1. Tank vapor mitigation requirements for Hanford Tank Farms

    SciTech Connect (OSTI)

    Rakestraw, L.D.

    1994-11-15T23:59:59.000Z

    Westinghouse Hanford Company has contracted Los Alamos Technical Associates to listing of vapors and aerosols that are or may be emitted from the High Level Waste (HLW) tanks at Hanford. Mitigation requirements under Federal and State law, as well as DOE Orders, are included in the listing. The lists will be used to support permitting activities relative to tank farm ventilation system up-grades. This task is designated Task 108 under MJB-SWV-312057 and is an extension of efforts begun under Task 53 of Purchase Order MPB-SVV-03291 5 for Mechanical Engineering Support. The results of that task, which covered only thirty-nine tanks, are repeated here to provide a single source document for vapor mitigation requirements for all 177 HLW tanks.

  2. OVERVIEW OF HANFORD SINGLE SHELL TANK (SST) STRUCTURAL INTEGRITY - 12123

    SciTech Connect (OSTI)

    RAST RS; RINKER MW; WASHENFELDER DJ; JOHNSON JB

    2012-01-25T23:59:59.000Z

    To improve the understanding of the single-shell tanks (SSTs) integrity, Washington River Protection Solutions, LLC (WRPS), the USDOE Hanford Site tank contractor, developed an enhanced Single-Shell Tank Integrity Project in 2009. An expert panel on SST integrity, consisting of various subject matters experts in industry and academia, was created to provide recommendations supporting the development of the project. This panel developed 33 recommendations in four main areas of interest: structural integrity, liner degradation, leak integrity and prevention, and mitigation of contamination migration. Seventeen of these recommendations were used to develop the basis for the M-45-10-1 Change Package for the Hanford Federal Agreement and Compliance Order, which is also known as the Tri-Party Agreement. The structural integrity of the tanks is a key element in completing the cleanup mission at the Hanford Site. There are eight primary recommendations related to the structural integrity of Hanford SSTs. Six recommendations are being implemented through current and planned activities. The structural integrity of the Hanford SSTs is being evaluated through analysis, monitoring, inspection, materials testing, and construction document review. Structural evaluation in the form of analysis is performed using modern finite element models generated in ANSYS{reg_sign} The analyses consider in-situ, thermal, operating loads and natural phenomena such as earthquakes. Structural analysis of 108 of 149 Hanford SSTs has concluded that the tanks are structurally sound and meet current industry standards. Analyses of the remaining Hanford SSTs are scheduled for FY2013. Hanford SSTs are monitored through a dome deflection program. The program looks for deflections of the tank dome greater than 1/4 inch. No such deflections have been recorded. The tanks are also subjected to visual inspection. Digital cameras record the interior surface of the concrete tank domes, looking for cracks and other surface conditions that may indicate signs of structural distress. The condition of the concrete and rebar of the Hanford SSTs is currently being tested and planned for additional activities in the near future. Concrete and rebar removed from the dome of a 65-year-old tank is being tested for mechanics properties and condition. Results indicated stronger than designed concrete with additional Petrographic examination and rebar testing ongoing. Material properties determined from previous efforts combined with current testing and construction document review will help to generate a database that will provide continuing indication of Hanford SST structural integrity.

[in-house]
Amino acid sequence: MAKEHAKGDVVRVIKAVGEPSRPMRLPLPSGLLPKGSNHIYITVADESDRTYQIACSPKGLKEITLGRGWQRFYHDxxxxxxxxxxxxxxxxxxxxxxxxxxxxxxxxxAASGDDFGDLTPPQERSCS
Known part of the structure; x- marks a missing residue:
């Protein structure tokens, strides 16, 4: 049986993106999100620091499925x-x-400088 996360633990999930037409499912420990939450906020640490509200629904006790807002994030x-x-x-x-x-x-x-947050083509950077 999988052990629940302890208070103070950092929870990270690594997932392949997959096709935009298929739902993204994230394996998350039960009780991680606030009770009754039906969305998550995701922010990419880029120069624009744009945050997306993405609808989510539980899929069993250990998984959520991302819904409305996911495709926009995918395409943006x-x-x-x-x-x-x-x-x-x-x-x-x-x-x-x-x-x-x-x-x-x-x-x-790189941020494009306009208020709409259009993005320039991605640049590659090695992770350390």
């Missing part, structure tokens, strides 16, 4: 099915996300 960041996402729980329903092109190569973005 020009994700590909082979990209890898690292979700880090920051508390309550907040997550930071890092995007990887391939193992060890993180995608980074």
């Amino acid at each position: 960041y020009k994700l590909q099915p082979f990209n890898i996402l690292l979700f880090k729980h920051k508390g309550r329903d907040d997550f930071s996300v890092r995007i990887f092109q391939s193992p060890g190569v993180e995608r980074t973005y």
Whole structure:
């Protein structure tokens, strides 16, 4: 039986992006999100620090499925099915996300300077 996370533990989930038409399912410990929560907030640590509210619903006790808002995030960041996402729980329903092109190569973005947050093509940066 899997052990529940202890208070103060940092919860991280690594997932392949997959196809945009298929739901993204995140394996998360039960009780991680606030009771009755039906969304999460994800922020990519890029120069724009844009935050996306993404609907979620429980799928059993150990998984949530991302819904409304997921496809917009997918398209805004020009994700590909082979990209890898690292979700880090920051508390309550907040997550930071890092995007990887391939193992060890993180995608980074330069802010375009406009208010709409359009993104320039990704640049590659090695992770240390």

3. Stabilization of in-tank residual wastes and external-tank soil contamination for the tank focus area, Hanford tank initiative: Applications to the AX Tank Farm

    SciTech Connect (OSTI)